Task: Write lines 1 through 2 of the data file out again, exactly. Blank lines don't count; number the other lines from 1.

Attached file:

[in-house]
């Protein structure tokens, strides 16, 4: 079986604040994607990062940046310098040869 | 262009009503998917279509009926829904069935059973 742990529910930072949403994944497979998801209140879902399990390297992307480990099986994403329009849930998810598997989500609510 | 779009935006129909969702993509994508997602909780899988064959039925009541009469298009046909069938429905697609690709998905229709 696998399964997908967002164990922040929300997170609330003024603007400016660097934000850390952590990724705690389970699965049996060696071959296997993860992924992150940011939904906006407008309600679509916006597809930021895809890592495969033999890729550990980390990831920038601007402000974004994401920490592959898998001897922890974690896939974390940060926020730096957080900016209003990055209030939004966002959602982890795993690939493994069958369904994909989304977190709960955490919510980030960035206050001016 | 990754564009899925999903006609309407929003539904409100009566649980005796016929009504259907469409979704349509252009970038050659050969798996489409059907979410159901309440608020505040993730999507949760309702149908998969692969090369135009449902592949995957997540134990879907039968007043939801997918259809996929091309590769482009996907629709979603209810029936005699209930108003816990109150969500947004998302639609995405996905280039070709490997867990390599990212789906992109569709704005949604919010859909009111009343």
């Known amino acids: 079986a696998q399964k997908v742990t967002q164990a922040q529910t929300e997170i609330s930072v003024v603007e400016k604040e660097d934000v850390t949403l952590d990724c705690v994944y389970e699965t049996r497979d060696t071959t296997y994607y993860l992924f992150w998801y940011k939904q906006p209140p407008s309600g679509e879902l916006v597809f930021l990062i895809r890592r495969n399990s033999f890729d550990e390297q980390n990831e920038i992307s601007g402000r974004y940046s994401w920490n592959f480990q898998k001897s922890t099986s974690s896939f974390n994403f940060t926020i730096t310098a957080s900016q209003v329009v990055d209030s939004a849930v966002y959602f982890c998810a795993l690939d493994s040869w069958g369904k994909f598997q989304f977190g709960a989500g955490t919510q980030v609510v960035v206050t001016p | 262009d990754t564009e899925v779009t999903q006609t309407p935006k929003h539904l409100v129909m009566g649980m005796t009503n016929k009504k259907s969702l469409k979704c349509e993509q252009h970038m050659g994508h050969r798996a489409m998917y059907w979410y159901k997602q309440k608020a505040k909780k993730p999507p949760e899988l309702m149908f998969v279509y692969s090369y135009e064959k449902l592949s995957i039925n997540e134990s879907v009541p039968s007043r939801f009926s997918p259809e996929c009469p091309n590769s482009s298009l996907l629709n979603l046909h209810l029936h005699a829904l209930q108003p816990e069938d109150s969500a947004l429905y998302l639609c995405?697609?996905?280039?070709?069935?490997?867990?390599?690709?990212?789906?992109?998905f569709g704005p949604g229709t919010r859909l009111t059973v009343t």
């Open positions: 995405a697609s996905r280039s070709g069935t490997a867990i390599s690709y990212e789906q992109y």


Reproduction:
[in-house]
């Protein structure tokens, strides 16, 4: 079986604040994607990062940046310098040869 | 262009009503998917279509009926829904069935059973 742990529910930072949403994944497979998801209140879902399990390297992307480990099986994403329009849930998810598997989500609510 | 779009935006129909969702993509994508997602909780899988064959039925009541009469298009046909069938429905697609690709998905229709 696998399964997908967002164990922040929300997170609330003024603007400016660097934000850390952590990724705690389970699965049996060696071959296997993860992924992150940011939904906006407008309600679509916006597809930021895809890592495969033999890729550990980390990831920038601007402000974004994401920490592959898998001897922890974690896939974390940060926020730096957080900016209003990055209030939004966002959602982890795993690939493994069958369904994909989304977190709960955490919510980030960035206050001016 | 990754564009899925999903006609309407929003539904409100009566649980005796016929009504259907469409979704349509252009970038050659050969798996489409059907979410159901309440608020505040993730999507949760309702149908998969692969090369135009449902592949995957997540134990879907039968007043939801997918259809996929091309590769482009996907629709979603209810029936005699209930108003816990109150969500947004998302639609995405996905280039070709490997867990390599990212789906992109569709704005949604919010859909009111009343």